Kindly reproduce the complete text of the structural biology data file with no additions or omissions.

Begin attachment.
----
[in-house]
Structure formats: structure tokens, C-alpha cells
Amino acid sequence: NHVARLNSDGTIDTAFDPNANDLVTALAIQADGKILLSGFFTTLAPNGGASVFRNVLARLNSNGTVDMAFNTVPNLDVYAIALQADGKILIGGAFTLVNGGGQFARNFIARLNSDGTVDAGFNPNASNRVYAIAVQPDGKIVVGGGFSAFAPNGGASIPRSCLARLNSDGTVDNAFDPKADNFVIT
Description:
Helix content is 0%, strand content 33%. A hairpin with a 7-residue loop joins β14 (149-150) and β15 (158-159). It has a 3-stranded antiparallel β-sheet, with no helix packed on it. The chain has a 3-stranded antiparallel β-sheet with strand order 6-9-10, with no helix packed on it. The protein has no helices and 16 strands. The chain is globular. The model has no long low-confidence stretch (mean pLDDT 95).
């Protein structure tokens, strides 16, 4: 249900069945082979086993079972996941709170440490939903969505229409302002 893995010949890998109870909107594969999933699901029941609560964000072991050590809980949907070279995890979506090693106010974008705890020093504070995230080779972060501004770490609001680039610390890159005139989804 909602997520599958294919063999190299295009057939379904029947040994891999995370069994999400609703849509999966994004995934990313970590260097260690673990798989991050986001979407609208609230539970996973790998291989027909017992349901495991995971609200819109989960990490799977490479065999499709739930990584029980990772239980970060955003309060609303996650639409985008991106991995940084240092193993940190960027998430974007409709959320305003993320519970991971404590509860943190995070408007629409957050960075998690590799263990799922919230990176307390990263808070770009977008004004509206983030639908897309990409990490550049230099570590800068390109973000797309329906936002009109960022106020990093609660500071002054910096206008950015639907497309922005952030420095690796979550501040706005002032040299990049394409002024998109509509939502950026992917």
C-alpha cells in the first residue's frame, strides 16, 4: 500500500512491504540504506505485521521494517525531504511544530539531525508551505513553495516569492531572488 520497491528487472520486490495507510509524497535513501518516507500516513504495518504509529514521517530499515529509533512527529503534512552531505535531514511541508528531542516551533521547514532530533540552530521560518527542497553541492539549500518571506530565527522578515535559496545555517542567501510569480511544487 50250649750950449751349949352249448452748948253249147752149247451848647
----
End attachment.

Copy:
[in-house]
Structure formats: structure tokens, C-alpha cells
Amino acid sequence: NHVARLNSDGTIDTAFDPNANDLVTALAIQADGKILLSGFFTTLAPNGGASVFRNVLARLNSNGTVDMAFNTVPNLDVYAIALQADGKILIGGAFTLVNGGGQFARNFIARLNSDGTVDAGFNPNASNRVYAIAVQPDGKIVVGGGFSAFAPNGGASIPRSCLARLNSDGTVDNAFDPKADNFVIT
Description:
Helix content is 0%, strand content 33%. A hairpin with a 7-residue loop joins β14 (149-150) and β15 (158-159). It has a 3-stranded antiparallel β-sheet, with no helix packed on it. The chain has a 3-stranded antiparallel β-sheet with strand order 6-9-10, with no helix packed on it. The protein has no helices and 16 strands. The chain is globular. The model has no long low-confidence stretch (mean pLDDT 95).
């Protein structure tokens, strides 16, 4: 249900069945082979086993079972996941709170440490939903969505229409302002 893995010949890998109870909107594969999933699901029941609560964000072991050590809980949907070279995890979506090693106010974008705890020093504070995230080779972060501004770490609001680039610390890159005139989804 909602997520599958294919063999190299295009057939379904029947040994891999995370069994999400609703849509999966994004995934990313970590260097260690673990798989991050986001979407609208609230539970996973790998291989027909017992349901495991995971609200819109989960990490799977490479065999499709739930990584029980990772239980970060955003309060609303996650639409985008991106991995940084240092193993940190960027998430974007409709959320305003993320519970991971404590509860943190995070408007629409957050960075998690590799263990799922919230990176307390990263808070770009977008004004509206983030639908897309990409990490550049230099570590800068390109973000797309329906936002009109960022106020990093609660500071002054910096206008950015639907497309922005952030420095690796979550501040706005002032040299990049394409002024998109509509939502950026992917």
C-alpha cells in the first residue's frame, strides 16, 4: 500500500512491504540504506505485521521494517525531504511544530539531525508551505513553495516569492531572488 520497491528487472520486490495507510509524497535513501518516507500516513504495518504509529514521517530499515529509533512527529503534512552531505535531514511541508528531542516551533521547514532530533540552530521560518527542497553541492539549500518571506530565527522578515535559496545555517542567501510569480511544487 50250649750950449751349949352249448452748948253249147752149247451848647